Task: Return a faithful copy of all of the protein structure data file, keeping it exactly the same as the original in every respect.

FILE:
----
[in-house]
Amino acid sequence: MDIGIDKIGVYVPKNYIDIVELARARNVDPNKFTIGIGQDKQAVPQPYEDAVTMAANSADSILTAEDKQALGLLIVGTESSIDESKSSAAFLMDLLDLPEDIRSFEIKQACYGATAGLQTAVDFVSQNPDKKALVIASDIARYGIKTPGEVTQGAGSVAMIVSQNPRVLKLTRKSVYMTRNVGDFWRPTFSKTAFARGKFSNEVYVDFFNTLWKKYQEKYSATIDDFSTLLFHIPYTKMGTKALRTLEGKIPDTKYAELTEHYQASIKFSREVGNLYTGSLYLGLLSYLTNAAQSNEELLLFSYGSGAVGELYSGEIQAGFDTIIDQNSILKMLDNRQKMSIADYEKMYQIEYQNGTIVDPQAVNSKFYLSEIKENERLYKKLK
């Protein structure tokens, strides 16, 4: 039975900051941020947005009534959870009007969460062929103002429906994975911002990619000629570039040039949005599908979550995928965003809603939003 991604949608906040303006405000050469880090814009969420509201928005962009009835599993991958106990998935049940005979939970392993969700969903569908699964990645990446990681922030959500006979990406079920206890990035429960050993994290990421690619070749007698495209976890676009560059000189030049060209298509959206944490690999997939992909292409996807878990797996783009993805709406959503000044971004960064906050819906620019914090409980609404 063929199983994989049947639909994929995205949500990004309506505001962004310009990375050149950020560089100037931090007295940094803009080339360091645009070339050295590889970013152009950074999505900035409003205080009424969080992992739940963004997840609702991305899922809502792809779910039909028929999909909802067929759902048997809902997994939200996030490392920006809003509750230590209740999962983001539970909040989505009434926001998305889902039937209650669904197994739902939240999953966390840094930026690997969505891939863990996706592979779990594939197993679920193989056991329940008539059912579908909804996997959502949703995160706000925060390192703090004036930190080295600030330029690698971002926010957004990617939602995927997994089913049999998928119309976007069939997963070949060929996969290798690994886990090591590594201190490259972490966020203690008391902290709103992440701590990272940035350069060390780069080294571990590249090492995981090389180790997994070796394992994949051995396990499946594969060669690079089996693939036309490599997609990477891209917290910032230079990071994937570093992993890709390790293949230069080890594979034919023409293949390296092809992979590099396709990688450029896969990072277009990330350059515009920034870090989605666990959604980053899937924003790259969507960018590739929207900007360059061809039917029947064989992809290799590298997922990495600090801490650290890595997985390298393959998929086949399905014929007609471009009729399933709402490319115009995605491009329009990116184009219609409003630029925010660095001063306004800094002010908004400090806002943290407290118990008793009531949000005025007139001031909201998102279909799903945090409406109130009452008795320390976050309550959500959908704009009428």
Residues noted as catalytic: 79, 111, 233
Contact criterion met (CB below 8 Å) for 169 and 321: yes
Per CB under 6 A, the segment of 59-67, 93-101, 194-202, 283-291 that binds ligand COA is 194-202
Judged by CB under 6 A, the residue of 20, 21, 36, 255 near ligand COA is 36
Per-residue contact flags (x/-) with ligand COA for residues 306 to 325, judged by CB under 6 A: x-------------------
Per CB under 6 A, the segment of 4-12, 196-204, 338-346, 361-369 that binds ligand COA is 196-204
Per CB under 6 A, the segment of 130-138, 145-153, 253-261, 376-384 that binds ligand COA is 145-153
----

[in-house]
Amino acid sequence: MDIGIDKIGVYVPKNYIDIVELARARNVDPNKFTIGIGQDKQAVPQPYEDAVTMAANSADSILTAEDKQALGLLIVGTESSIDESKSSAAFLMDLLDLPEDIRSFEIKQACYGATAGLQTAVDFVSQNPDKKALVIASDIARYGIKTPGEVTQGAGSVAMIVSQNPRVLKLTRKSVYMTRNVGDFWRPTFSKTAFARGKFSNEVYVDFFNTLWKKYQEKYSATIDDFSTLLFHIPYTKMGTKALRTLEGKIPDTKYAELTEHYQASIKFSREVGNLYTGSLYLGLLSYLTNAAQSNEELLLFSYGSGAVGELYSGEIQAGFDTIIDQNSILKMLDNRQKMSIADYEKMYQIEYQNGTIVDPQAVNSKFYLSEIKENERLYKKLK
């Protein structure tokens, strides 16, 4: 039975900051941020947005009534959870009007969460062929103002429906994975911002990619000629570039040039949005599908979550995928965003809603939003 991604949608906040303006405000050469880090814009969420509201928005962009009835599993991958106990998935049940005979939970392993969700969903569908699964990645990446990681922030959500006979990406079920206890990035429960050993994290990421690619070749007698495209976890676009560059000189030049060209298509959206944490690999997939992909292409996807878990797996783009993805709406959503000044971004960064906050819906620019914090409980609404 063929199983994989049947639909994929995205949500990004309506505001962004310009990375050149950020560089100037931090007295940094803009080339360091645009070339050295590889970013152009950074999505900035409003205080009424969080992992739940963004997840609702991305899922809502792809779910039909028929999909909802067929759902048997809902997994939200996030490392920006809003509750230590209740999962983001539970909040989505009434926001998305889902039937209650669904197994739902939240999953966390840094930026690997969505891939863990996706592979779990594939197993679920193989056991329940008539059912579908909804996997959502949703995160706000925060390192703090004036930190080295600030330029690698971002926010957004990617939602995927997994089913049999998928119309976007069939997963070949060929996969290798690994886990090591590594201190490259972490966020203690008391902290709103992440701590990272940035350069060390780069080294571990590249090492995981090389180790997994070796394992994949051995396990499946594969060669690079089996693939036309490599997609990477891209917290910032230079990071994937570093992993890709390790293949230069080890594979034919023409293949390296092809992979590099396709990688450029896969990072277009990330350059515009920034870090989605666990959604980053899937924003790259969507960018590739929207900007360059061809039917029947064989992809290799590298997922990495600090801490650290890595997985390298393959998929086949399905014929007609471009009729399933709402490319115009995605491009329009990116184009219609409003630029925010660095001063306004800094002010908004400090806002943290407290118990008793009531949000005025007139001031909201998102279909799903945090409406109130009452008795320390976050309550959500959908704009009428």
Residues noted as catalytic: 79, 111, 233
Contact criterion met (CB below 8 Å) for 169 and 321: yes
Per CB under 6 A, the segment of 59-67, 93-101, 194-202, 283-291 that binds ligand COA is 194-202
Judged by CB under 6 A, the residue of 20, 21, 36, 255 near ligand COA is 36
Per-residue contact flags (x/-) with ligand COA for residues 306 to 325, judged by CB under 6 A: x-------------------
Per CB under 6 A, the segment of 4-12, 196-204, 338-346, 361-369 that binds ligand COA is 196-204
Per CB under 6 A, the segment of 130-138, 145-153, 253-261, 376-384 that binds ligand COA is 145-153